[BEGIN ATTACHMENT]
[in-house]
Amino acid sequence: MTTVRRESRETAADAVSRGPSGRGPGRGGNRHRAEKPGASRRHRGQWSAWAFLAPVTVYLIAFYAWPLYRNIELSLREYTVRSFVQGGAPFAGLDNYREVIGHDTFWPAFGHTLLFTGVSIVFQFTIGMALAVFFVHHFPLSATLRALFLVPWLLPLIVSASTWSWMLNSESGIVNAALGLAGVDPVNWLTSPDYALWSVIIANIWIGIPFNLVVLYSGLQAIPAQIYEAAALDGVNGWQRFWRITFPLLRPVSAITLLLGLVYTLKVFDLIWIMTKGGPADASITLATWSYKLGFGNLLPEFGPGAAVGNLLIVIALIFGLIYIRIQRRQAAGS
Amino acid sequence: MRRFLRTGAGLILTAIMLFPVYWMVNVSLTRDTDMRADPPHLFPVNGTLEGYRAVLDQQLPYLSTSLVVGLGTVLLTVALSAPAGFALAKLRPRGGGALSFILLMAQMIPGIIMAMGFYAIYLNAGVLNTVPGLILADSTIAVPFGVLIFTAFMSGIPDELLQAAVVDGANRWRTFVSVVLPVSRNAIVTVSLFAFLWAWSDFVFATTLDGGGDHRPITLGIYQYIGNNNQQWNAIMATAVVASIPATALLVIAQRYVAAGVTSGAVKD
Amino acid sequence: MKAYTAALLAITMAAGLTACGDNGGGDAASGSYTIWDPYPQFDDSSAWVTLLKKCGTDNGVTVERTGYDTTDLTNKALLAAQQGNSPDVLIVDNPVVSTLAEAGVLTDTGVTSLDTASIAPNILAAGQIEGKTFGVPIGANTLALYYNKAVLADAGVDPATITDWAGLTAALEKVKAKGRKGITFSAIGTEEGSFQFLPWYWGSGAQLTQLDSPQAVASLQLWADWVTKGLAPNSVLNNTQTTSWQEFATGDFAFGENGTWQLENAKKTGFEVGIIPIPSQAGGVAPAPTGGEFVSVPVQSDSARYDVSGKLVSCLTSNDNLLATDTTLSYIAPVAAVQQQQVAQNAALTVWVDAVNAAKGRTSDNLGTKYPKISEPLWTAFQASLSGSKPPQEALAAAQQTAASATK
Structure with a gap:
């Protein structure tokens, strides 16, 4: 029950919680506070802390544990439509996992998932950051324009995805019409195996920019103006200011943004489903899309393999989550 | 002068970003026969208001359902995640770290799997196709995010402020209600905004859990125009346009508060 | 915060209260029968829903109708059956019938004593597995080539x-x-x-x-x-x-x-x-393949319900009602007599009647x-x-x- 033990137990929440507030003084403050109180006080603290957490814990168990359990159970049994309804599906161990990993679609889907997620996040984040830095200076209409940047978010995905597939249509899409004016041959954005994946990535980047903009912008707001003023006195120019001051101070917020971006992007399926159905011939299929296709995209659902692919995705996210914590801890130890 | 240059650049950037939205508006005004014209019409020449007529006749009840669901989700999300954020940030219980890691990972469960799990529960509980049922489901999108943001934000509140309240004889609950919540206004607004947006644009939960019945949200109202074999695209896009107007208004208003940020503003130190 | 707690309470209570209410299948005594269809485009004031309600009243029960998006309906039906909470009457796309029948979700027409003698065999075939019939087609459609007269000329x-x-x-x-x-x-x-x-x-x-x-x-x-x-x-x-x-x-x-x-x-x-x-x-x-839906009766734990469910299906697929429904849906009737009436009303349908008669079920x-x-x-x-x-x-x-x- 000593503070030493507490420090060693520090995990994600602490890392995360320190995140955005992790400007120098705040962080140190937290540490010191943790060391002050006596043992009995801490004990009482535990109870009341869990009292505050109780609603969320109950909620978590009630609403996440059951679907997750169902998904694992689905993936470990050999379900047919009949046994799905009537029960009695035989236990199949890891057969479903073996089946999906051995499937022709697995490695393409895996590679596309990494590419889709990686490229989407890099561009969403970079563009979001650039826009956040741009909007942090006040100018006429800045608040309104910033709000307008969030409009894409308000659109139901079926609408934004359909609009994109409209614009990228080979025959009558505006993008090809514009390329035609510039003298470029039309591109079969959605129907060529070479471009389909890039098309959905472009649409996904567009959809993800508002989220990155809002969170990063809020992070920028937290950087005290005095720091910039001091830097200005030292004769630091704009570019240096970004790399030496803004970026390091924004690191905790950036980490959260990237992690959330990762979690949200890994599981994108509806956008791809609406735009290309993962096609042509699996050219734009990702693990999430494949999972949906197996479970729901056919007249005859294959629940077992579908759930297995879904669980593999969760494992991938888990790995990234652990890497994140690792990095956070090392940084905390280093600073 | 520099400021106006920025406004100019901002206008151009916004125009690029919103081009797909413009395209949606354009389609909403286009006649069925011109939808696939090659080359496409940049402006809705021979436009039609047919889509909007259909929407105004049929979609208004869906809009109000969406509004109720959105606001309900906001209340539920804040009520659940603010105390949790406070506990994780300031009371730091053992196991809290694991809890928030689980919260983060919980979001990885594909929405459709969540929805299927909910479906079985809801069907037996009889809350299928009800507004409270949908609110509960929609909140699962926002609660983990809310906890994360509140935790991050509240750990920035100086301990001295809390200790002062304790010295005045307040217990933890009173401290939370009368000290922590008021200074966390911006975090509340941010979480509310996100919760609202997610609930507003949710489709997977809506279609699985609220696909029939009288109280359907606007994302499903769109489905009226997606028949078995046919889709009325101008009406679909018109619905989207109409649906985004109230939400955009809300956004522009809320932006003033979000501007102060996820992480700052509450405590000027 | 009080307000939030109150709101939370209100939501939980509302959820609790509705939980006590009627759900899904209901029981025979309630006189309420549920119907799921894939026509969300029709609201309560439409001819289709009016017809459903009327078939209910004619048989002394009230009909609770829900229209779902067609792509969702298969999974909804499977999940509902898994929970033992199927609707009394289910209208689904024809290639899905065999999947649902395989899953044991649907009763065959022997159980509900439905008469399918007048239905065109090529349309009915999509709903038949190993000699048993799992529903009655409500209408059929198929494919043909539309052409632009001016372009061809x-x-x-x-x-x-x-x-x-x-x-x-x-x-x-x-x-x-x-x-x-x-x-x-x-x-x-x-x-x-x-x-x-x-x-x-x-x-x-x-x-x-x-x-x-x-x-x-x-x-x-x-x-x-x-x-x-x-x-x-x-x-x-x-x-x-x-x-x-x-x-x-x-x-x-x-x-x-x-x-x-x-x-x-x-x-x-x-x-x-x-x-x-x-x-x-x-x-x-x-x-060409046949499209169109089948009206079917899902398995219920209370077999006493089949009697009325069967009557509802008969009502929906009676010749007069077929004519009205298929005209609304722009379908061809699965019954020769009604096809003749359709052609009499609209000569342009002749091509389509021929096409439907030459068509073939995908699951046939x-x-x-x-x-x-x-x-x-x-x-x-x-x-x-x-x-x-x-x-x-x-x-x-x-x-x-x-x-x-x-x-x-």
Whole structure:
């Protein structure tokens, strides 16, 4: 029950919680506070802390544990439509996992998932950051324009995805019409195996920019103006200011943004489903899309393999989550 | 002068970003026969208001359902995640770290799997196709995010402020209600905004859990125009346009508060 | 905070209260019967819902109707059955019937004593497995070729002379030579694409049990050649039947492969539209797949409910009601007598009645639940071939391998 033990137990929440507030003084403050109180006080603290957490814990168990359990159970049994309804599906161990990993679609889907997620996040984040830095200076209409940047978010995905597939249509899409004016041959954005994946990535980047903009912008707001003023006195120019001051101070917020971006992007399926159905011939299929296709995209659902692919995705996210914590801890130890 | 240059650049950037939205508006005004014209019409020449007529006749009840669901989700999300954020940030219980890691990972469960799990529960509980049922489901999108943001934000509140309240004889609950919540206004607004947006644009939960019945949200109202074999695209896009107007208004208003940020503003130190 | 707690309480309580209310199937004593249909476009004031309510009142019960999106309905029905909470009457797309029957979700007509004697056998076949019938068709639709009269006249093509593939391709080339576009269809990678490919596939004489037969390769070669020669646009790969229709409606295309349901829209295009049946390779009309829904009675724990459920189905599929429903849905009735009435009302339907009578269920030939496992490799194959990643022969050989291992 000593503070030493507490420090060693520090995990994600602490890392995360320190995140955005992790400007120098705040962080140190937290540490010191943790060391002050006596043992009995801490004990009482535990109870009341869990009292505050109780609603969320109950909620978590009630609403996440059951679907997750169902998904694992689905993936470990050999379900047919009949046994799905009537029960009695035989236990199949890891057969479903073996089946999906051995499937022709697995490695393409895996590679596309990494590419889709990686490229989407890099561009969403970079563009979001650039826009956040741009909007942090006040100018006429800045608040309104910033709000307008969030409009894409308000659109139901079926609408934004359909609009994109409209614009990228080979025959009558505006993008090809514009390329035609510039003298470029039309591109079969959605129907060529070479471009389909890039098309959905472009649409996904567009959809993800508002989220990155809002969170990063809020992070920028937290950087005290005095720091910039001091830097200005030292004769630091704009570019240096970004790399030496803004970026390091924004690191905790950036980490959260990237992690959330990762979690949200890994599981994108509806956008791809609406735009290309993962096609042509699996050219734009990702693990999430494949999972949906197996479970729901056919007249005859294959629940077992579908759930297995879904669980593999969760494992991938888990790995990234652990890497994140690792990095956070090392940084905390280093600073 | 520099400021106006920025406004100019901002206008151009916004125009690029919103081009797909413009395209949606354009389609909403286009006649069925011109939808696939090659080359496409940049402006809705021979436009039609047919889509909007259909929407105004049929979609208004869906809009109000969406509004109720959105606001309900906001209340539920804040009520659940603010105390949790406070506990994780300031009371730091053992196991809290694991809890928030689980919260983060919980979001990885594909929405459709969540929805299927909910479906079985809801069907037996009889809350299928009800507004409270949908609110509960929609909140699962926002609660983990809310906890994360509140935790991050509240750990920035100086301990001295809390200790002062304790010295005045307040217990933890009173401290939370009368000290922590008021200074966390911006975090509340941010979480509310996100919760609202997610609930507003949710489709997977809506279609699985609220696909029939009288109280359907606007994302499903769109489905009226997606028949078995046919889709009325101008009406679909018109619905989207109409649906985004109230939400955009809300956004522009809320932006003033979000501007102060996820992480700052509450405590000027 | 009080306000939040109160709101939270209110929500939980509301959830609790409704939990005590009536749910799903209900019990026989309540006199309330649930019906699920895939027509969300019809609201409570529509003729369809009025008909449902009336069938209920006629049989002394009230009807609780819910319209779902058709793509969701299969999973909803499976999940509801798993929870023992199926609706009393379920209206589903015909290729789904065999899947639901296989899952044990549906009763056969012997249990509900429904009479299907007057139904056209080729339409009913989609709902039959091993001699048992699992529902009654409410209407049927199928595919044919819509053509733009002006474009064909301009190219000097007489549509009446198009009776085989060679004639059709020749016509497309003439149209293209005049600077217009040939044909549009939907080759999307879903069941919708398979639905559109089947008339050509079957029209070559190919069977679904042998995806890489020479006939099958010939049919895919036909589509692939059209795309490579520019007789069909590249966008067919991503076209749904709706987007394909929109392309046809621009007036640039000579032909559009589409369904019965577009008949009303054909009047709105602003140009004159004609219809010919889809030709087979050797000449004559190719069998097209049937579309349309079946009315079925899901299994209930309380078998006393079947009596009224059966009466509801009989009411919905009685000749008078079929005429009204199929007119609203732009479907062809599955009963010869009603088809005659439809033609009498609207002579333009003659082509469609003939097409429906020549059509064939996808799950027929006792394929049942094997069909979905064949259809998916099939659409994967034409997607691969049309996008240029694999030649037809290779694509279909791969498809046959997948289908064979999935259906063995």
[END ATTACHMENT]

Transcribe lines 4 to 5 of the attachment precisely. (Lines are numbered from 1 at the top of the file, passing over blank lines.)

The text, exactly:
Amino acid sequence: MKAYTAALLAITMAAGLTACGDNGGGDAASGSYTIWDPYPQFDDSSAWVTLLKKCGTDNGVTVERTGYDTTDLTNKALLAAQQGNSPDVLIVDNPVVSTLAEAGVLTDTGVTSLDTASIAPNILAAGQIEGKTFGVPIGANTLALYYNKAVLADAGVDPATITDWAGLTAALEKVKAKGRKGITFSAIGTEEGSFQFLPWYWGSGAQLTQLDSPQAVASLQLWADWVTKGLAPNSVLNNTQTTSWQEFATGDFAFGENGTWQLENAKKTGFEVGIIPIPSQAGGVAPAPTGGEFVSVPVQSDSARYDVSGKLVSCLTSNDNLLATDTTLSYIAPVAAVQQQQVAQNAALTVWVDAVNAAKGRTSDNLGTKYPKISEPLWTAFQASLSGSKPPQEALAAAQQTAASATK
Structure with a gap: